The weight may also be assigned to the data associated with a keyword by calculating a number of occurrences of a second keyword in data of one of the plurality of data sources. When the number of occurrences is calculated, a second weight is assigned to the data associated with the second keyword that is equal to the number of occurrences and the second weight is multiplied with a factor that represents a relevance of the data associated with the second keyword with regard to the technical problem and with regard to the solution to the technical problem.

When the weighted data associated with the keywords in the problem-solution formed is stored in the database, keywords related to a first computing device, keywords related to a first technical problem, and keywords related to a first solution are identified. The keywords related to the first product, the first technical problem and the first solution are combined to a first keyword group.

When a request is received including keywords identifying the technical problem, the database is analyzed based on the keywords included in the request and the technical problem and the solution to the technical problem are identified in a reactive manner.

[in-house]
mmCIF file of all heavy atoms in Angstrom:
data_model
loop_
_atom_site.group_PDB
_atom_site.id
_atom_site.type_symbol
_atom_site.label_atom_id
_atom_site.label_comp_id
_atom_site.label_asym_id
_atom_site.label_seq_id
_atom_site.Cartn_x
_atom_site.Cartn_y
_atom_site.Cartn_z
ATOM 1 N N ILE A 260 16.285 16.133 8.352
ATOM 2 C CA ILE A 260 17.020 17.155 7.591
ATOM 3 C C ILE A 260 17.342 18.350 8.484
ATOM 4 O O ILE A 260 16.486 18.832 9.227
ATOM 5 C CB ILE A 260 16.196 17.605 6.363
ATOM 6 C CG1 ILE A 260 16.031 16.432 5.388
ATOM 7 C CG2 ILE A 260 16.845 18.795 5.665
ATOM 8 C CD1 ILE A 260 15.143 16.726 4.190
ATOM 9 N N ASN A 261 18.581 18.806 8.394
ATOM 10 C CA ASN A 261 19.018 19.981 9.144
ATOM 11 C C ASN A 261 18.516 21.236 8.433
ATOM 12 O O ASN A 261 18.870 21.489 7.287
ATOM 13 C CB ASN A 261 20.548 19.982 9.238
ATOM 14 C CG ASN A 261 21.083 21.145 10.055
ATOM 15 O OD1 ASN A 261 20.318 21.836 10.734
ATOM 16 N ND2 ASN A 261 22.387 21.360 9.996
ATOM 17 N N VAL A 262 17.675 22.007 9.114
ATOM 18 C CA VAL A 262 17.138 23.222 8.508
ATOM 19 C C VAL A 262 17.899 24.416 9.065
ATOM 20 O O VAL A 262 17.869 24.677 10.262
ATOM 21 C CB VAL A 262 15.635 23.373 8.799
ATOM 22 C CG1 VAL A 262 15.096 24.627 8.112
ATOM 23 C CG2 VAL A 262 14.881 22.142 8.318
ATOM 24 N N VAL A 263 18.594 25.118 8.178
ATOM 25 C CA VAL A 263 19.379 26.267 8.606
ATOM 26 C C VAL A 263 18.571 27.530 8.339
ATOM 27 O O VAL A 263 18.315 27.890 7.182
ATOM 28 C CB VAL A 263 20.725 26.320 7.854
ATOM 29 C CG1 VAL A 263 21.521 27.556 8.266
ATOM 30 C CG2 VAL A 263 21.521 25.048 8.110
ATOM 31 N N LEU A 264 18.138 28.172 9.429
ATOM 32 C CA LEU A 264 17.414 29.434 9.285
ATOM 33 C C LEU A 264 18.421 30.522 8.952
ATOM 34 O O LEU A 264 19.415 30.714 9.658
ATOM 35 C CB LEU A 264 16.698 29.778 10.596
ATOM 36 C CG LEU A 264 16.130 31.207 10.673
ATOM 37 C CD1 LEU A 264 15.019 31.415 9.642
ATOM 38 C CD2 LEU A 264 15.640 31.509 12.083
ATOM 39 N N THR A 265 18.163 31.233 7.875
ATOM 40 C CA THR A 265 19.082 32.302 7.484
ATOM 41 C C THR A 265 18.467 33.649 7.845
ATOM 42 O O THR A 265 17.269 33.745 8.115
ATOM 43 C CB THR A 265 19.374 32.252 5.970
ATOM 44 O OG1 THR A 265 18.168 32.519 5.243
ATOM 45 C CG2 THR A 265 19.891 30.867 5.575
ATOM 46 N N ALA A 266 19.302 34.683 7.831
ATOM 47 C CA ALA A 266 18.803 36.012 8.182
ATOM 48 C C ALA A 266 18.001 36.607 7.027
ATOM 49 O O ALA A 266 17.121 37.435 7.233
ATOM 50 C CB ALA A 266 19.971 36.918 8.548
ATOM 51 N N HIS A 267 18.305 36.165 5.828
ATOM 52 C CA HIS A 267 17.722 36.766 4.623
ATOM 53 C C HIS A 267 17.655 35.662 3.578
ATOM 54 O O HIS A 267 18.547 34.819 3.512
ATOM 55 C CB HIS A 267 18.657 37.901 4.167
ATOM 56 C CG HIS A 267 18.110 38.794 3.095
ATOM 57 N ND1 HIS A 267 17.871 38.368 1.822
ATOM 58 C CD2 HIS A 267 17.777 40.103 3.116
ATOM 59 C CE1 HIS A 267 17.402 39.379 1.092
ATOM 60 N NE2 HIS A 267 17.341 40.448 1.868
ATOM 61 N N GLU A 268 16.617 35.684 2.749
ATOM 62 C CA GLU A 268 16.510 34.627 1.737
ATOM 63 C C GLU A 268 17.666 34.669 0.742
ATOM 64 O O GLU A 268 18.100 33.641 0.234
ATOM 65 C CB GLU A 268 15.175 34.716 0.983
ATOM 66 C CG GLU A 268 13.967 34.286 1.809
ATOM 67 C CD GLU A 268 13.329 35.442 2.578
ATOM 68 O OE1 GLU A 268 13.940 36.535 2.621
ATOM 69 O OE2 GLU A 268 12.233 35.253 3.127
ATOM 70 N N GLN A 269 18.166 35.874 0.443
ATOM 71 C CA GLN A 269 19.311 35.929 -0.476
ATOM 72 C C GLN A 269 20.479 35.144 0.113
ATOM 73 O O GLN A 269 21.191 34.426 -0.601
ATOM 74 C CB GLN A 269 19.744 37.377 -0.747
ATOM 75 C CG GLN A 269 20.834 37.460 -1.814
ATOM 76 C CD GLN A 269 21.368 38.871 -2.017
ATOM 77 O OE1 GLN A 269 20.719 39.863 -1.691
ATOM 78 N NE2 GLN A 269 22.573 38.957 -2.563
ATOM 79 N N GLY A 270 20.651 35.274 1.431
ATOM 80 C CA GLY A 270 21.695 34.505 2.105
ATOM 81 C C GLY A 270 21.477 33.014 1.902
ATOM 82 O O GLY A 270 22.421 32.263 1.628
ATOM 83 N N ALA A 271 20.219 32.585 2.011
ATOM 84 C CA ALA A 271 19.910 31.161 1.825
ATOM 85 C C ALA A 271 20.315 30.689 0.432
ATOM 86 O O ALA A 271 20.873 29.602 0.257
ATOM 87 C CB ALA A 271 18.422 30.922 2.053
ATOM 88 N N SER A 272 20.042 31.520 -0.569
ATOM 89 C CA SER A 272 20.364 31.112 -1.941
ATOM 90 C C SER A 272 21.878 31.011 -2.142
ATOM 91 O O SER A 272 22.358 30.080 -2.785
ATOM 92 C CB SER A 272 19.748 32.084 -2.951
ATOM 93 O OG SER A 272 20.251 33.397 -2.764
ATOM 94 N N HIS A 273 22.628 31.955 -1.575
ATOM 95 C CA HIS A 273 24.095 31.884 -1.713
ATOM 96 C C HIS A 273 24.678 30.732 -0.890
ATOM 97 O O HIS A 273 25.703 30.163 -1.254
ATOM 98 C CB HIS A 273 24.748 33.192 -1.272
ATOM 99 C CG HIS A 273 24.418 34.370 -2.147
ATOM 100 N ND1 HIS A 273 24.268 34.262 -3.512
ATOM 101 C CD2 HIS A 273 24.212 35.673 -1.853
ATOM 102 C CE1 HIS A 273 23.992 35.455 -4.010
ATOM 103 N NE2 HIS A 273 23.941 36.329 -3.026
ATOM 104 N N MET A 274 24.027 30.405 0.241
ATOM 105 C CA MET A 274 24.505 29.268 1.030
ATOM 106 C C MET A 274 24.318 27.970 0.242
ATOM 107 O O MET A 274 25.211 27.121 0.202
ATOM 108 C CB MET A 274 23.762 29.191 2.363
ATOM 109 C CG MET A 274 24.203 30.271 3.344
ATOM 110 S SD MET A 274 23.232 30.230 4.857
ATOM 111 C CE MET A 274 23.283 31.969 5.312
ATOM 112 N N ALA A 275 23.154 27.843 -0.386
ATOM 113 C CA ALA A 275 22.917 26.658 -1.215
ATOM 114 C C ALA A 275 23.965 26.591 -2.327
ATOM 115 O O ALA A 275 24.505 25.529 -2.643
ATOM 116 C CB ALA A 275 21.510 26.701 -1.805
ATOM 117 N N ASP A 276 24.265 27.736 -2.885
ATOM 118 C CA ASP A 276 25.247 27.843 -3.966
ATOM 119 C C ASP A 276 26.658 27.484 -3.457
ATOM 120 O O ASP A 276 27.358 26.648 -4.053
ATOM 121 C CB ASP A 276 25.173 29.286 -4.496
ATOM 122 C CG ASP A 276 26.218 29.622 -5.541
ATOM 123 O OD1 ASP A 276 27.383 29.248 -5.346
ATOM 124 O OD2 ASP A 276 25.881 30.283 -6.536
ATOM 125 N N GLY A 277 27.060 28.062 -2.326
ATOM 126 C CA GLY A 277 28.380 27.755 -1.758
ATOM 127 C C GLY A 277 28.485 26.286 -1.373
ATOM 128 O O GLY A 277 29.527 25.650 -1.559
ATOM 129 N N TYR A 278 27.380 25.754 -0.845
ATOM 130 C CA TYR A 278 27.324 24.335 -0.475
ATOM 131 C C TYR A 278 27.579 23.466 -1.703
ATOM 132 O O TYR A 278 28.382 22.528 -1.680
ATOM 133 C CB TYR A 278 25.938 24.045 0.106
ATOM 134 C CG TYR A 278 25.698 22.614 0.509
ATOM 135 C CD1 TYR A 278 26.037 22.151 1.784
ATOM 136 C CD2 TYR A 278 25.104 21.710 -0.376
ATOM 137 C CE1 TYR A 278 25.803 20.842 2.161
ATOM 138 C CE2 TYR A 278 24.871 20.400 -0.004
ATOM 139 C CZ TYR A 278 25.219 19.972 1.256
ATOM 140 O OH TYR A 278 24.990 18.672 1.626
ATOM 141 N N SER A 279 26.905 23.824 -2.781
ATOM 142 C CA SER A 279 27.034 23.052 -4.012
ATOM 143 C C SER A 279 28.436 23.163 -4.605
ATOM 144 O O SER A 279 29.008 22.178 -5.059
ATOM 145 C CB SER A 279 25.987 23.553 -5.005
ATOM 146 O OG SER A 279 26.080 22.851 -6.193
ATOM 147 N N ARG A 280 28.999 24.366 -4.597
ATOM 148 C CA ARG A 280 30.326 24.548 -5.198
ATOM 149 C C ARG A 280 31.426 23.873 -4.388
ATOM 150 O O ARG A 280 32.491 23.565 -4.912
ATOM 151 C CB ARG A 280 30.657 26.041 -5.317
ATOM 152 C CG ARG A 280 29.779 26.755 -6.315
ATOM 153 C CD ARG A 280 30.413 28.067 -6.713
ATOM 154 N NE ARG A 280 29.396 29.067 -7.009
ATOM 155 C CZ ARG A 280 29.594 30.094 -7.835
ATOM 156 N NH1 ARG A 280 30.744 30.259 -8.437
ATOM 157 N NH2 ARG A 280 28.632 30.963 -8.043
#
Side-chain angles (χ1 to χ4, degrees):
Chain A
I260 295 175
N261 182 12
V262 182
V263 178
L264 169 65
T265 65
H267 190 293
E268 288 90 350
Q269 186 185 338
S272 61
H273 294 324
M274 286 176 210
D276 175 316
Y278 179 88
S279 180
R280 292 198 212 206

It is also possible to identify a technical problem experienced at a plurality of computing devices associated with at least one of the plurality of data sources in a proactive manner based on one or more keywords. The database may be analyzed based on the one or more keywords to identify a solution to the technical problem experienced at the plurality of computing devices. The solution to the technical problem may be populated in a proactive manner to the plurality of computing devices associated with the at least one of the plurality of data sources and/or an indication of the solution to the technical problem at an attached or remote display screen, etc.

In addition, a potential for an occurrence of a technical problem at one or more computing devices associated with at least one of the plurality of data sources may be identified based on one or more keywords by analyzing the database based on the one or more keywords. Based on the analysis, a recommendation to prevent the occurrence of the technical problem may be determined and populated to the one or more computing devices.